‘I’m sorry, Faith. I caught your father in the act, on Thursday, when I went to tackle him about you.’
‘It’s a mistake. Somehow it looked like that but he was…’
‘I didn’t knock, Faith. I walked in and he was raping her in the kitchen. She was making a high, keening sound each time he….’
‘Hope never makes a sound. She’s mute.’
‘I know this is hard for you, but I actually separated him from her. There’s no doubt he was raping her. In any case, he admitted it to the police and social services.’
I stared at him for what seemed an age whilst my mind tried to absorb this impossible news. Leigh watched me intently, his eyes never leaving mine. ‘Father was…? How could I not…? No. It doesn’t ... I can’t believe… I need to think. Can I be alone?’
He stood, gave my hand a gentle squeeze and bent to kiss my forehead. ‘I’ll be downstairs when you need me.’
I moved as soon as he left the room and went to look out of the window for no better reason than I needed to move.
Father was my rock, my foundation. Everything I was and everything I believed was based in him. If he was this evil creature that Leigh had described, what did that make me?
‘Leigh? Leigh!’
He was back in the room in an instant.
‘What about Hope? Is she hurt? Is she...? Where is she? Not still …?’
‘Hope seems unhurt, a little sore. But no real damage. I suspect because she couldn’t resist, she escaped the violence a lot of rape victims suffer. She’s fine, and safe. They’ve taken her to a residential home. Your father’s in the police cells for the moment. I hope he rots there.’
His face expressed utter disgust and contempt for the man who had brought me up. He expected me to challenge him in some way.
‘You think I knew.’
He was silent for too long for his denial to be true.
‘Oh, Leigh, I didn’t know, I promise you I didn’t. I don’t know what to … I’m so angry and hurt and unhappy and confused. My father. My own father.’ I turned back to the window and willed him to leave me to my shame and pain. I felt the softest touch on my shoulder and then he was gone.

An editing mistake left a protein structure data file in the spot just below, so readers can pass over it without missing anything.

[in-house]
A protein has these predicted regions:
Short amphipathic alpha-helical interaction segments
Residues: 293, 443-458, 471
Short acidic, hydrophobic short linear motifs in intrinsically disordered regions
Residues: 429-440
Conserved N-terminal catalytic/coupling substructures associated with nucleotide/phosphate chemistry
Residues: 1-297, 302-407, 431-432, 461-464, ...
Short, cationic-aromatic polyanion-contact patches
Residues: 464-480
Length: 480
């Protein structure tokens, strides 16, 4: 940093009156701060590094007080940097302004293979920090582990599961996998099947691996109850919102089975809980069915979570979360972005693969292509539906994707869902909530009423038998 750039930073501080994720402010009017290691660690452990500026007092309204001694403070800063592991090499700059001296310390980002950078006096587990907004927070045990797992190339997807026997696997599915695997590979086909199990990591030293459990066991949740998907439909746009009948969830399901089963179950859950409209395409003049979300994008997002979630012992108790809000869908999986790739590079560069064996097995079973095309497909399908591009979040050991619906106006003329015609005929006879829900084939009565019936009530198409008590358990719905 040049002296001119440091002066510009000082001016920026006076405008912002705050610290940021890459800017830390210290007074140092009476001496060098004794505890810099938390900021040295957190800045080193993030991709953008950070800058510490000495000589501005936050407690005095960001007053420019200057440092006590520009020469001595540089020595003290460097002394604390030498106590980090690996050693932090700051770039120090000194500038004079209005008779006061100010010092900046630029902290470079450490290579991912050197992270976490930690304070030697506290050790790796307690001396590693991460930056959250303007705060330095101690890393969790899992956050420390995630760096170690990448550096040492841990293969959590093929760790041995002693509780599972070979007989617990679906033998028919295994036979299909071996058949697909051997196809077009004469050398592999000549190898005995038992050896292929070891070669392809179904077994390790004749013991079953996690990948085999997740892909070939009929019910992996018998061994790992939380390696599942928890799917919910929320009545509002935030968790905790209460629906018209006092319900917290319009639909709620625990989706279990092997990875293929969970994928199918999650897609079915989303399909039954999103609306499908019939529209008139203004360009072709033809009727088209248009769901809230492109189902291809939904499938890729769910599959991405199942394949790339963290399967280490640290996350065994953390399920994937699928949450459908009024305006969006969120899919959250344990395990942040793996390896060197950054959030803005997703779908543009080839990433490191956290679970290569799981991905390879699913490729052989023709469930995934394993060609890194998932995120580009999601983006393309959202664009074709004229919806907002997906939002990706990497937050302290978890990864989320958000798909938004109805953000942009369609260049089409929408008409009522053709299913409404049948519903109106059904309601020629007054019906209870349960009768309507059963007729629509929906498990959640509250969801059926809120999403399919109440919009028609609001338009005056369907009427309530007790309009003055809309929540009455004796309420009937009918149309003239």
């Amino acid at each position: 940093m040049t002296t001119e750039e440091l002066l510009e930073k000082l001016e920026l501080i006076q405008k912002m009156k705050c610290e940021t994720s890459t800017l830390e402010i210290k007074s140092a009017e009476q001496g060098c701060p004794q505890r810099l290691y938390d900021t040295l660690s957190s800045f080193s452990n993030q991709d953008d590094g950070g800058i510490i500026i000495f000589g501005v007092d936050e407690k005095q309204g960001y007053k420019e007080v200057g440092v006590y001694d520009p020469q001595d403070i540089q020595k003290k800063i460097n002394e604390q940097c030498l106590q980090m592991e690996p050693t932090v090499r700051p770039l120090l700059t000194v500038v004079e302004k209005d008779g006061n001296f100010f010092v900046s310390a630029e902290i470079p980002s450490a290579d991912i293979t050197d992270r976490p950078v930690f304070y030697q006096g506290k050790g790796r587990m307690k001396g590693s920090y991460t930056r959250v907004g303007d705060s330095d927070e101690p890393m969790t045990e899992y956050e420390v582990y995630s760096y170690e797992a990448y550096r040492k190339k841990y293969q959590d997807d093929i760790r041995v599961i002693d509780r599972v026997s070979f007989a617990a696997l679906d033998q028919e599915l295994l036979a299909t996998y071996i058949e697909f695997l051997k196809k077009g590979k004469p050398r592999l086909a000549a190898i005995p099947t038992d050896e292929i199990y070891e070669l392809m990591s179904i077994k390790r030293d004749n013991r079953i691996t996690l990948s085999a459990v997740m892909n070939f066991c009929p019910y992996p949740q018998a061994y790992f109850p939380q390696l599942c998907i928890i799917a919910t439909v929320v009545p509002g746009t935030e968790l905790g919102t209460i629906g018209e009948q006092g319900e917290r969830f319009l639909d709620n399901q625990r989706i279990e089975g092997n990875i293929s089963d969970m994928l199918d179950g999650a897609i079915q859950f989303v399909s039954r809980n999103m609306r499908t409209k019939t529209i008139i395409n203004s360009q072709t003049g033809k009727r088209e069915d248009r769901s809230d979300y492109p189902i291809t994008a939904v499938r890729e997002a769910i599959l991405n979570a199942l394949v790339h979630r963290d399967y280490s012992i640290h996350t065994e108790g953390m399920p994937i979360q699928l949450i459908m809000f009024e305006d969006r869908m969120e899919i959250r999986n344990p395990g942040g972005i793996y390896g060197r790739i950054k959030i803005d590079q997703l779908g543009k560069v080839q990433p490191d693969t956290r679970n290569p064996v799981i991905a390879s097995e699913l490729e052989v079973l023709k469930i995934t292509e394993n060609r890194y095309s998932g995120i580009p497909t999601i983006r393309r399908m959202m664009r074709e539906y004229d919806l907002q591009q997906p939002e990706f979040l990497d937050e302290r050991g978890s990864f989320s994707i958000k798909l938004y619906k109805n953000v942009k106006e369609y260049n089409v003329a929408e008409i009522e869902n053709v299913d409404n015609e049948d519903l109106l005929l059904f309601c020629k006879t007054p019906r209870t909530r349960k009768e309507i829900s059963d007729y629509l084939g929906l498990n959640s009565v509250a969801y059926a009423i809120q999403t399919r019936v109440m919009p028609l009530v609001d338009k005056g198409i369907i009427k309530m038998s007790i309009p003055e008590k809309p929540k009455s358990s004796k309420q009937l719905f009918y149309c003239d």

I wept. Words punctuating my tears were random thoughts my mind gave out. Confusion mastered me as I wallowed in a quicksand of emotion, doubt and betrayal that threatened to drown and consume me. I could find no solid ground. There was nothing I could grip and hold for support.
‘I think it’s time we dried those tears.’
He was there, helping me up so I could sit on the floor. He knelt beside me and dabbed my face and eyes with tissues. I held onto him; he was the only solid in my fluid world and I would not let him go.
I had rarely wept before, even after he had beaten me. Father discouraged such displays and I had striven hard to please him.
Leigh eased me to my feet and to the edge of the bed. He dabbed softly at the last silent tears, cupped my chin gently in his other hand. ‘Better?’
I nodded.
‘I’ve brought your clothes to Longhouse. Do you want to dress for the evening meal, or are you more comfortable as you are?’
‘May I have a bath?’
‘Bath, shower. Help yourself. Treat Longhouse as your home, Faith. Once you’ve had time to collect your thoughts and work things out, you can decide whether you want to stay here or find a small place of your own. Your toothbrush and other toilet things are in the bathroom across the corridor. This can be your room for the moment. Later on, you can have a look at the other rooms and see if you’d prefer one of those.